Commenting on a new, joint report from the Education and Health Select Committees, Paul Whiteman, general secretary of school leaders’ union NAHT, said:
“We’ve been ringing the alarm bell about the mental health crisis in our schools, about the growing numbers of children and young people who are struggling, and more worryingly, about how long they have to wait to get help, even when they’re in crisis.”
A poll of school leaders gathered in Liverpool for NAHT’s Annual Conference at the weekend showed that 93% are unable to access specialist mental health support for the children in their school when they need it.
NAHT members also voted overwhelmingly to support a motion calling for the government to recognise the sheer scale of urgent improvements needed for mental health services across the country.
Mr Whiteman continued: “School leaders are reporting a serious – and growing – concern for children’s mental wellbeing. The demand for professional mental health services has increased in recent years, but funding has plummeted. This means that schools are finding it very difficult to get children the support they need.”
Sarah Hannafin, Senior Policy Advisor for NAHT, said: “The scale and pace proposed by the government’s Children and Young People’s Mental Health Green Paper does not go far enough. Just 20-25 per cent of the country will be involved during a ‘Trailblazer Phase’ over the next five years. This means that significant numbers of schools, children and young people will not benefit as there will be little, or even no, improvement to provision in their area. This can only exacerbate the existing inequalities in accessing timely treatment and support for children and young people.”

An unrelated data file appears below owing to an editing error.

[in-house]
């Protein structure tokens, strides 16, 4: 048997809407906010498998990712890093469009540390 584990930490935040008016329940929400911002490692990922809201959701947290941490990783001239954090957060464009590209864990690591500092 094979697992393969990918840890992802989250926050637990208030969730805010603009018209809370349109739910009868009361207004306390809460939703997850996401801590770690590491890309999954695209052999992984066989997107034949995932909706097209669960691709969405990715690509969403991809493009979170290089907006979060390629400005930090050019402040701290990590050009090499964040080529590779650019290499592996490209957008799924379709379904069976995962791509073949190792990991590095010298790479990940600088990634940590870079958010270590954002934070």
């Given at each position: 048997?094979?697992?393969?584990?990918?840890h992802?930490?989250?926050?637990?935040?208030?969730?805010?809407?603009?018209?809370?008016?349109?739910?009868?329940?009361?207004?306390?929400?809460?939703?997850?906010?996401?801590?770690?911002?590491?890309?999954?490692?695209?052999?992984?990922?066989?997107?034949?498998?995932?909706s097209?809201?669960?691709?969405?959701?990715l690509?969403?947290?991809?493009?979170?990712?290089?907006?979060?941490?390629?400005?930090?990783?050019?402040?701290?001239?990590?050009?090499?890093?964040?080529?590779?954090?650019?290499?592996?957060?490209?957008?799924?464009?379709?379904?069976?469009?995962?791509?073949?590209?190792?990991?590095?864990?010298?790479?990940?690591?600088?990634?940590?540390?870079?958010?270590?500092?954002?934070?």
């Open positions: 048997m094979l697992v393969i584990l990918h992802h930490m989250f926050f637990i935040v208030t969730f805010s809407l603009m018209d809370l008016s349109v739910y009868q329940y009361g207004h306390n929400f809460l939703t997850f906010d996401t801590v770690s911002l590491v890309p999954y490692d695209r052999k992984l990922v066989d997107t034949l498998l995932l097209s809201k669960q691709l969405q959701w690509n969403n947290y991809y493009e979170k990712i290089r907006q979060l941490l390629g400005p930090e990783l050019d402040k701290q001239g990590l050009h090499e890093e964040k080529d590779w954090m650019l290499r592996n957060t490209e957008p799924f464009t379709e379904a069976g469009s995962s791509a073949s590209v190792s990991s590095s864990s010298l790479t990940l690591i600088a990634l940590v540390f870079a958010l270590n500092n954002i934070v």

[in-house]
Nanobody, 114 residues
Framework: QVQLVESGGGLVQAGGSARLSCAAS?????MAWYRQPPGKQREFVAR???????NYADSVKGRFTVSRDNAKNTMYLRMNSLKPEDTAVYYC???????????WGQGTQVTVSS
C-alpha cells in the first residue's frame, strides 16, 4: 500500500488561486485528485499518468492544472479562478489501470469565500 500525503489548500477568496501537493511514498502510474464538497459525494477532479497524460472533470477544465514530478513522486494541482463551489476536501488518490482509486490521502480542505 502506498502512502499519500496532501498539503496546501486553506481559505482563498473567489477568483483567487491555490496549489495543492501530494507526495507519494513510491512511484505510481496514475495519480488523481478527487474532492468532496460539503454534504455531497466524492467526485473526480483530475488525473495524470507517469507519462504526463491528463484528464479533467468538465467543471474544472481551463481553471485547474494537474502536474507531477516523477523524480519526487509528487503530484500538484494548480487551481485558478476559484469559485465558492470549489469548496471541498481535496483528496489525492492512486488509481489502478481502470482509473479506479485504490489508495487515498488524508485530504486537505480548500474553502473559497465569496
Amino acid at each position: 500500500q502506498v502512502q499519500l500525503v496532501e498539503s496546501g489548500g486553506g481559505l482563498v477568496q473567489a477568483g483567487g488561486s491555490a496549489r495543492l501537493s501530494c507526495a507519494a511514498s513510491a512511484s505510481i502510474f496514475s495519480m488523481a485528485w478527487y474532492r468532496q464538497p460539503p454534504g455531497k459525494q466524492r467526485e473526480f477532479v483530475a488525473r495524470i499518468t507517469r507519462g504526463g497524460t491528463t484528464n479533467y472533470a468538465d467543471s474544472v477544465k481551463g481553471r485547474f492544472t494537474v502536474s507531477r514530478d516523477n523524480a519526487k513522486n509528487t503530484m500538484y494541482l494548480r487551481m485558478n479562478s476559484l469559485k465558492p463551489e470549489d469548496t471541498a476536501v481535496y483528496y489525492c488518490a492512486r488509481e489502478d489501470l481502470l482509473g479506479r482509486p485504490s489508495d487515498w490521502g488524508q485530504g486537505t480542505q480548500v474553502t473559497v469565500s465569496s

Mr Whiteman concluded: “As I said in my remarks during the committee’s evidence sessions, we are not coming from a strong starting point. There are not enough resources there already. Once we begin to develop an identification of a further need, it is just going to create more frustration within the system, and that frustration of itself will cause more problems.
“Schools can only be as successful as the services that they can access. We must make sure that schools are properly supported by health and social care, allowing them to continue their role in promoting pupil wellbeing and not making up for cuts to other services.
“Teachers aren’t the ones who should be treating mental health. We should leave that to the experts in that field.”
In recognition of the importance of young people’s mental health and wellbeing, NAHT’s charity partner for 2018/19 is Place2Be. NAHT has worked closely with Place2Be for many years, most recently playing an active role in developing a new website, Mentally Healthy Schools, developed by Heads Together and launched by Her Royal Highness The Duchess of Cambridge in March, which offers primary schools access to quality-assured information, advice and resources to support their pupils’ mental wellbeing.
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